And now, if you’ll excuse me, I’m off to write a very long and thorough list of things to pack. And if you’re going too, may your con be a good one!

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Five Things Tag

I’ve been tagged by the marvellous Mr. David Gullen in the latest writers’ Hive Mind message – ‘Share 5 Things About Your Current Work in Progress’. So, here goes.

  1. It’s a novel called Blue Shift. The title didn’t come to me until I’d been working on it for ages.
  2. It’s about a mildly psychic courier who is hired/kidnapped by a vampire to look for his missing wife… IN SPACE! So it does have vampires, but it also has 8 foot space goats, and a bimorphic fishy detective, and giant lizards who just wanna dance.
  3. The main character in Blue Shift is called Monday Morning, and she came from a short story written with the deliberate aim of fitting in as many terrible puns (are there any other kind?) as possible. Then I decided it should be extended to be the fun weekend novel to work on to take a break from my *ahem* serious novel. The serious novel was the dreadful thing I wrote longhand in 8 school exercise books about fairies in space*. I started trying to rewrite it, and eventually abandoned it because a) it was crap and b) I’d outgrown it and I no longer had any interest in the story.
  4. I have been (re)writing Blue Shift for a truly embarrassing length of time without ever completing a draft. I used to believe that it had to, and indeed ought to**, take a writer years and years to produce a book. I was disabused of that idea by my writers’ group. The T Party (nothing to do with American politics) now includes many published authors, who are expected to produce at least one polished book a year.  I’m currently at about 72,000 words and pushing on to the end before I do any more rewriting.
  5. Right now, I’m at the stage where the novel and I aren’t speaking and I’d rather do the housework than figure out what happens next. According to my published friends this is entirely normal. I usually fix this by opening a new document and talking to myself on the page, typing questions and answers and random thoughts and what ifs until I see an idea and a direction I like. This can go faster if you can do it all in your head, but I find my mind wanders off, which is why I type to force my brain to stay on mission. If you see me logging a daily plot witter word count in my twitter updates, that’s what I’m talking about.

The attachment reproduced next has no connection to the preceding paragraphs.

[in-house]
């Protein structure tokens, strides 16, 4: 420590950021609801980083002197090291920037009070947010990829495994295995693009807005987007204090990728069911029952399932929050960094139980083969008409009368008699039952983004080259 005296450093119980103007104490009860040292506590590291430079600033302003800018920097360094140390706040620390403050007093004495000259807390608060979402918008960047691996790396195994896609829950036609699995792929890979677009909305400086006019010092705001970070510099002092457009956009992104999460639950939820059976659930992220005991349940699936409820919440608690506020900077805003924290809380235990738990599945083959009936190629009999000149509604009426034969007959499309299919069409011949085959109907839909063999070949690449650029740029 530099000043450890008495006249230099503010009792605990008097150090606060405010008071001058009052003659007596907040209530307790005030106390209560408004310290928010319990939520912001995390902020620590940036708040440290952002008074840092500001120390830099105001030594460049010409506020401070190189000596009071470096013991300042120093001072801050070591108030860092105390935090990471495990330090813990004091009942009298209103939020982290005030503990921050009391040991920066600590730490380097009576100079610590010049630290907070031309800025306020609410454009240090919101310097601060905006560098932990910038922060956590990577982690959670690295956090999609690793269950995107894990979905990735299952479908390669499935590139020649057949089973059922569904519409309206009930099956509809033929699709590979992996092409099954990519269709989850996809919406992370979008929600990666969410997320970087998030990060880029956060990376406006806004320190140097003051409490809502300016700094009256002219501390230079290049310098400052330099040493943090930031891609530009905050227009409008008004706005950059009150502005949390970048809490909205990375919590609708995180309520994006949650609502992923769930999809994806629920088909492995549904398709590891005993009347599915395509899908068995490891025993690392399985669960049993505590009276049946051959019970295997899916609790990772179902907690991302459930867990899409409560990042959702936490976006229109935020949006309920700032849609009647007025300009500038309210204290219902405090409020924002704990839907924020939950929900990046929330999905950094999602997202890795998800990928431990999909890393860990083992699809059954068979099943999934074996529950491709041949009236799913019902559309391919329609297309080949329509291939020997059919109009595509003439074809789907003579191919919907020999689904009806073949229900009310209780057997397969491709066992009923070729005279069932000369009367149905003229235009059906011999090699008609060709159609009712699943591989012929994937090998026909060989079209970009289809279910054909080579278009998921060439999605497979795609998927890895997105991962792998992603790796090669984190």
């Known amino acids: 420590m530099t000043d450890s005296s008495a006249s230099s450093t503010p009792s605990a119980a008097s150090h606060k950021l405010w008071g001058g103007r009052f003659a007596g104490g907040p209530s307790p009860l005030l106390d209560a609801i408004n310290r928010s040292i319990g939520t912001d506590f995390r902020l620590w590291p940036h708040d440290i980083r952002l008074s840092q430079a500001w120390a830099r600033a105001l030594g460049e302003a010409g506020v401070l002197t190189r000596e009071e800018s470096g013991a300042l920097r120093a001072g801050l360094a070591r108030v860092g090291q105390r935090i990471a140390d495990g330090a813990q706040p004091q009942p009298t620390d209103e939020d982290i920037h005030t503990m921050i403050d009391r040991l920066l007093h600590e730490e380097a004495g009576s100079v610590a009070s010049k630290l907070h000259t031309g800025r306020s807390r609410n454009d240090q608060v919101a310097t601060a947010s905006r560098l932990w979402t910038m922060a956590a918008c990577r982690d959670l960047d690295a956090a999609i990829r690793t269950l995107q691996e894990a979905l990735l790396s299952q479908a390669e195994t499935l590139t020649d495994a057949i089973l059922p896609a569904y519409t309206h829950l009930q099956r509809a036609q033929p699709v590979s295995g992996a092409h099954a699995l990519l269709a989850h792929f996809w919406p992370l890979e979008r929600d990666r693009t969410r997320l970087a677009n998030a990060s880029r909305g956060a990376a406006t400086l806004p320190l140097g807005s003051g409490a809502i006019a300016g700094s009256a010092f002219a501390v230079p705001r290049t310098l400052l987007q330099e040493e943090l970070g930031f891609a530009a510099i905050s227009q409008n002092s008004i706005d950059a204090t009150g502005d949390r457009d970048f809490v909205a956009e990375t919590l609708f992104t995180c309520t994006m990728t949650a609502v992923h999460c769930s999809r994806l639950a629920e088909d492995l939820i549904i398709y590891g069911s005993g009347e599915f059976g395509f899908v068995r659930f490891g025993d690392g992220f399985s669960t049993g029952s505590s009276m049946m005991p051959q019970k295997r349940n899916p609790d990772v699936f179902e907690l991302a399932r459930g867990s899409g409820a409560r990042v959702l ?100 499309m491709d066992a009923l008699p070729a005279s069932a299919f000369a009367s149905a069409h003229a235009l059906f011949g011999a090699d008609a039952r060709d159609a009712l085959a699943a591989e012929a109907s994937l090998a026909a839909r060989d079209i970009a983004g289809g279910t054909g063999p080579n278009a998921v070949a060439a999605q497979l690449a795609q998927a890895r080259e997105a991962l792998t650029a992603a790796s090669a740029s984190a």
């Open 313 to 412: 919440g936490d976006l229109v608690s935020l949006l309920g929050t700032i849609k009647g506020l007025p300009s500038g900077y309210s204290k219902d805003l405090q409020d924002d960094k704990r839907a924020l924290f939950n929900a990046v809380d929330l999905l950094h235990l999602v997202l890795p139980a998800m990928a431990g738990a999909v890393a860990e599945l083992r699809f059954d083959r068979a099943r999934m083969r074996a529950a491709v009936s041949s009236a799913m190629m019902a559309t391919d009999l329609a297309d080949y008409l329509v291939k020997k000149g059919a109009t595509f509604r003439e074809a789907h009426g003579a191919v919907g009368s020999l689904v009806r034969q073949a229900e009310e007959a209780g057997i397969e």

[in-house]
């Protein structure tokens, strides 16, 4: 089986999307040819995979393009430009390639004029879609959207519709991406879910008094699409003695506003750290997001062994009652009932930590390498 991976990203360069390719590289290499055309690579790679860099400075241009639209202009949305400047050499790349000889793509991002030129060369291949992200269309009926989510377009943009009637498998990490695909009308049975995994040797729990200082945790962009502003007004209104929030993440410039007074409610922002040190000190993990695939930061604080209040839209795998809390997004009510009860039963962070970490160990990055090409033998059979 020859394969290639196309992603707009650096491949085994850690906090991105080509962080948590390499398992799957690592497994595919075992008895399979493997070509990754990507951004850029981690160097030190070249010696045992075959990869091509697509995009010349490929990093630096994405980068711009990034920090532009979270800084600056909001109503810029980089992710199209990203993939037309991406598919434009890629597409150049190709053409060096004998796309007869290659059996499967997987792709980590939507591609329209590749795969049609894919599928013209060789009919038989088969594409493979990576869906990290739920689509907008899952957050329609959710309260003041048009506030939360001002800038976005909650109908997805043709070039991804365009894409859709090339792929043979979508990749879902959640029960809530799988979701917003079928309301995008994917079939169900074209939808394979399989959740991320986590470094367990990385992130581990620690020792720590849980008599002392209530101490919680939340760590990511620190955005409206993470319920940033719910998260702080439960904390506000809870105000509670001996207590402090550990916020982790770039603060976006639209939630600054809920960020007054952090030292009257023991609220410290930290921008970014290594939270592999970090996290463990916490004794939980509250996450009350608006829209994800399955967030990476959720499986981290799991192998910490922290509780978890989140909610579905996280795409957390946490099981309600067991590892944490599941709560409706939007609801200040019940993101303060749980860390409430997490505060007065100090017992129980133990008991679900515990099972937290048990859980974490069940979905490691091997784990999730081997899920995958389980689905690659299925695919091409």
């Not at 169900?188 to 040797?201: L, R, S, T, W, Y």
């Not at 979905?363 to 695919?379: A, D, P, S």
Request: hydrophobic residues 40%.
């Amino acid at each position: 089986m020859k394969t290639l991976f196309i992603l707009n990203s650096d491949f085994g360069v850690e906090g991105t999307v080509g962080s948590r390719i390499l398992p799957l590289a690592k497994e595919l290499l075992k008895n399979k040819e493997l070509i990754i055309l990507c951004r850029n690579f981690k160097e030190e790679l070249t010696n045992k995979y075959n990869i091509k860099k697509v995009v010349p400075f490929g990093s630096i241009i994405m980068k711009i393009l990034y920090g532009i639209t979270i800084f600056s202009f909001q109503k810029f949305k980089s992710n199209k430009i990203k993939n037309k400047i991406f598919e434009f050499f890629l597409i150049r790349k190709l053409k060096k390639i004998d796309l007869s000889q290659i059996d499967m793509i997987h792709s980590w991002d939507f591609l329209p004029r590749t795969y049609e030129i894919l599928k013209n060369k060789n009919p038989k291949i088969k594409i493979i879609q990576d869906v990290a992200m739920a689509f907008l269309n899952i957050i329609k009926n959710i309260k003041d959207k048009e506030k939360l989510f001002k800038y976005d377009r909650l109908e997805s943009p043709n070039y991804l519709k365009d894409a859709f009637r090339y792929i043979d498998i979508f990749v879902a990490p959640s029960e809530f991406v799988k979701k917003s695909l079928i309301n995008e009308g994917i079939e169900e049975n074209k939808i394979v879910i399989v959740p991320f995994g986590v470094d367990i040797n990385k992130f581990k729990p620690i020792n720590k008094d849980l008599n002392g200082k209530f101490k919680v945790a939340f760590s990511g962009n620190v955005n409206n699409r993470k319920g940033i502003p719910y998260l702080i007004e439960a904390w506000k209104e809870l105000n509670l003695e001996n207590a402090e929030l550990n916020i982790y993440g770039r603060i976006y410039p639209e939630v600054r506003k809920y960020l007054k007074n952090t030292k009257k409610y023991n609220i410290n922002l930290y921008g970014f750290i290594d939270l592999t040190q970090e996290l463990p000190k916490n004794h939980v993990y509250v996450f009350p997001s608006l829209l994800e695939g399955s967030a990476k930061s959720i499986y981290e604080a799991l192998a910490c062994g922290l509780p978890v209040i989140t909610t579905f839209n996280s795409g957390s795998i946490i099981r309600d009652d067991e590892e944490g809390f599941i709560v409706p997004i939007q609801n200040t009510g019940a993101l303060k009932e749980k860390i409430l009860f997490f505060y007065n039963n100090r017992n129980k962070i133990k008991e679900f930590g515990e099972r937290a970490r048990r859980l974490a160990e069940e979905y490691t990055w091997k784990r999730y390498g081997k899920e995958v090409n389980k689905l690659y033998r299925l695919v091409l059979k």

I’m rounding up the next batch of tagees, and as soon as I have some volunteers, I will add links here.

* It mostly involved my Mary Sue getting together with a cross between Han Solo and Indiana Jones. But I did take it INCREDIBLY. SERIOUSLY. for quite a long time.

** I’m not sure why.  I think I absorbed some ideas about artists having to suffer.

 

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How “Hannibal” Makes You the Pyschopath

Hannibal is up there in my list of TV programs I would still watch if  I was actually a productive member of society (even if I do have to go away and watch something else afterwards where happy fluffy animals play perfectly safely and nobody eats anybody). It’s TV to make time for, not TV to pass the time, and I think it’s a work of art. A profoundly disturbing, beautiful, twisted and deeply considered work of art. I believe that nothing in this program is left to chance: not the writing, the sets, the lighting, the cinematography, the casting or the soundtrack. So, after watching for 1 and 3/4 series, here are my theories about how the program makes you, the viewer, watch from the point of view of  a psychopath (some spoilers after the jump).